ERIC Number: ED275555
Record Type: RIE
Publication Date: 1986
Reference Count: 0
The Revolt of the Engineers. Social Responsibility and the American Engineering Profession.
Layton, Edwin T., Jr.
In examining the history of American engineering, this book emphasizes professionalism, social responsibility, and ethics. It explains how some engineers have attempted to express a concern for the social effects of technology and to forge codes of ethics which could articulate the profession's fundamental obligation to the public. The document's major sections address: (1) the engineer and business; (2) the evolution of the profession; (3) the ideology of engineering; (4) the politics of status; (5) the revolt of the civil engineers; (6) measuring the unmeasurable (scientific management and reform); (7) the engineer as reformer (Morris L. Cooke); (8) the engineering method personified (Herbert Hoover and the Federated American Engineering Societies); (9) the return to normalcy (1921-1929); and (10) the depression and the New Deal (the engineers ideology in decline). An epilogue entitled "The Rise of Scientific Professionalism" is followed by a bibliographic essay listing primary and secondary sources, and an index. (TW)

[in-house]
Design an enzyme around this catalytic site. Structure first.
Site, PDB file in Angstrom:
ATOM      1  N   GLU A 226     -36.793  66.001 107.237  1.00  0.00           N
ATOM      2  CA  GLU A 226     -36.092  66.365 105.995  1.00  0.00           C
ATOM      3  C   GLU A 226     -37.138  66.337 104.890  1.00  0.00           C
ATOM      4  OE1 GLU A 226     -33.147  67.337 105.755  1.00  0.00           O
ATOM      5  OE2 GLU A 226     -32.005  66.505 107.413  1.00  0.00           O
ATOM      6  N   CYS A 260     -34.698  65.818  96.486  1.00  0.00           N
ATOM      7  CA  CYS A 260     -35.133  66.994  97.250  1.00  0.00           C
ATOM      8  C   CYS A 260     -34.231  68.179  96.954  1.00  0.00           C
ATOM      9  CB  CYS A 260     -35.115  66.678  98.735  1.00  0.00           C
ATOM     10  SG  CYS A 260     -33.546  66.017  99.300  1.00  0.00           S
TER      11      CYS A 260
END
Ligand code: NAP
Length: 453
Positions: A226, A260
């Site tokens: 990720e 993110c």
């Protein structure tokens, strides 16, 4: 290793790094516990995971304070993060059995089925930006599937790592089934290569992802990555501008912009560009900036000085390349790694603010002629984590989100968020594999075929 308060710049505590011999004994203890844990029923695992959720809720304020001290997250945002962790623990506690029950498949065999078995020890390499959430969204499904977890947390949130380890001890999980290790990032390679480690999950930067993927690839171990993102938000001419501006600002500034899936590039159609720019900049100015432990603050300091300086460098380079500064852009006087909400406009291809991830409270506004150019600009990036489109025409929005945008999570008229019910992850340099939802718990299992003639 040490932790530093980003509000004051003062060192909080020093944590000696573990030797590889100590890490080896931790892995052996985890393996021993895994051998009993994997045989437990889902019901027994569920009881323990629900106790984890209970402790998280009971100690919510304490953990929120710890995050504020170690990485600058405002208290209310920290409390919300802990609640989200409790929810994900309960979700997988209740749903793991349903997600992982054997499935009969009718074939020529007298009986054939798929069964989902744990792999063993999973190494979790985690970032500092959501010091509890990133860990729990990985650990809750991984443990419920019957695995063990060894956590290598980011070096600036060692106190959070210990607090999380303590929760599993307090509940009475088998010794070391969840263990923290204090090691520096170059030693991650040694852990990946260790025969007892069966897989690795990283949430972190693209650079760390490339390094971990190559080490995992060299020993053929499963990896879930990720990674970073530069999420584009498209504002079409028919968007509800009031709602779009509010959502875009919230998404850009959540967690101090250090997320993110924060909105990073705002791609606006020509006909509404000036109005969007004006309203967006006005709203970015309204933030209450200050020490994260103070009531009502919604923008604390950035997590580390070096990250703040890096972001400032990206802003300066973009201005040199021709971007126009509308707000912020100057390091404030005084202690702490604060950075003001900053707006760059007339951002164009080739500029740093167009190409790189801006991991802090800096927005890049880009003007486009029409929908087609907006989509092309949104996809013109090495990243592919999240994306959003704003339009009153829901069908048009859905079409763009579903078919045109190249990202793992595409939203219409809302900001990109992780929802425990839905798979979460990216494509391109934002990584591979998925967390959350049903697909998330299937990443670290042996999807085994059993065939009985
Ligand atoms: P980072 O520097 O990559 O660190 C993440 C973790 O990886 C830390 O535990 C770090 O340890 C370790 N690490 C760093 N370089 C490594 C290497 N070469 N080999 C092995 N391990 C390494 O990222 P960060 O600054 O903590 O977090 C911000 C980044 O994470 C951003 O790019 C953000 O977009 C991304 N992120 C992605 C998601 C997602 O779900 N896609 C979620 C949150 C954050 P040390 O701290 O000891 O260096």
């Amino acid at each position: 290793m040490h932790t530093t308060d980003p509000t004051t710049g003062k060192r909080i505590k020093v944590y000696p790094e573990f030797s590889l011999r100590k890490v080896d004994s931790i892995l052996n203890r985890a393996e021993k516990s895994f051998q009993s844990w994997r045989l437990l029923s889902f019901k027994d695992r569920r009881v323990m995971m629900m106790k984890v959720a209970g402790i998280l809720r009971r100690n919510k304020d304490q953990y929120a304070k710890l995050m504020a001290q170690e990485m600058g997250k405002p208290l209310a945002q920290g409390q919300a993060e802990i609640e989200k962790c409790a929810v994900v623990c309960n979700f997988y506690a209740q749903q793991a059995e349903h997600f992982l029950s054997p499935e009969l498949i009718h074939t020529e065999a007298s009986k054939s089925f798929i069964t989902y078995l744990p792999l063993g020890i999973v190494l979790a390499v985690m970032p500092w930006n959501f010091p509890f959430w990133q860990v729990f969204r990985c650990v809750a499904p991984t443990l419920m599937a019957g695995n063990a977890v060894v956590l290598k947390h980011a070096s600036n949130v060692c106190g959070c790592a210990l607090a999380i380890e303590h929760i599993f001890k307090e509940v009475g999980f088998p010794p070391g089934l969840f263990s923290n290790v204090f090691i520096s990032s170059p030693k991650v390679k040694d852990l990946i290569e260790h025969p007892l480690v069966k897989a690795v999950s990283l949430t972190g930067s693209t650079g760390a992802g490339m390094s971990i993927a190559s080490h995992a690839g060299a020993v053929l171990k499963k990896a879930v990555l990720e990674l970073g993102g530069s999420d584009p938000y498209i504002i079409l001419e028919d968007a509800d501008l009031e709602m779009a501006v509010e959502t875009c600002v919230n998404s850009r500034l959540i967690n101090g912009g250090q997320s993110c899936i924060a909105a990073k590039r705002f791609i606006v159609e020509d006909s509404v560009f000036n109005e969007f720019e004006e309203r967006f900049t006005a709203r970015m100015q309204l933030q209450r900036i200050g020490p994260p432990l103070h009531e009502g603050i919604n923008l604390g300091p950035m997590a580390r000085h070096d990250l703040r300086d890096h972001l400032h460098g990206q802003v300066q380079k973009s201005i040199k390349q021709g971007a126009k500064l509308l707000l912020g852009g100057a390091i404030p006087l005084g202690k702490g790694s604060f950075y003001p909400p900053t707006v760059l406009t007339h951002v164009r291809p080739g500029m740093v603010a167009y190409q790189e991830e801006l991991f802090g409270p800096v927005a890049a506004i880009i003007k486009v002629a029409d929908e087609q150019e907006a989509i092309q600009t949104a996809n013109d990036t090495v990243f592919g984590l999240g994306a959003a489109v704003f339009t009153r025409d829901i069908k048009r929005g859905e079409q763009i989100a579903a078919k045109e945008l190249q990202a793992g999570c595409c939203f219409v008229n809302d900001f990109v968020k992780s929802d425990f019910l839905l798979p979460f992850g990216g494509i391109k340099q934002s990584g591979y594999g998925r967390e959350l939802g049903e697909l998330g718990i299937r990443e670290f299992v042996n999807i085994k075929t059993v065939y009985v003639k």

Descriptors: Business, Civil Engineering, Engineering, Engineering Education, Engineering Technology, Engineers, Ethics, History, Ideology, Professional Occupations, Science and Society, Science History, Scientific Attitudes, Social History, Social Responsibility, Sociocultural Patterns
Johns Hopkins University Press, 701 W. 40th St., Baltimore, MD 21211 ($29.50 hard cover, $9.95 paperback).
Publication Type: Historical Materials
Education Level: N/A
Authoring Institution: N/A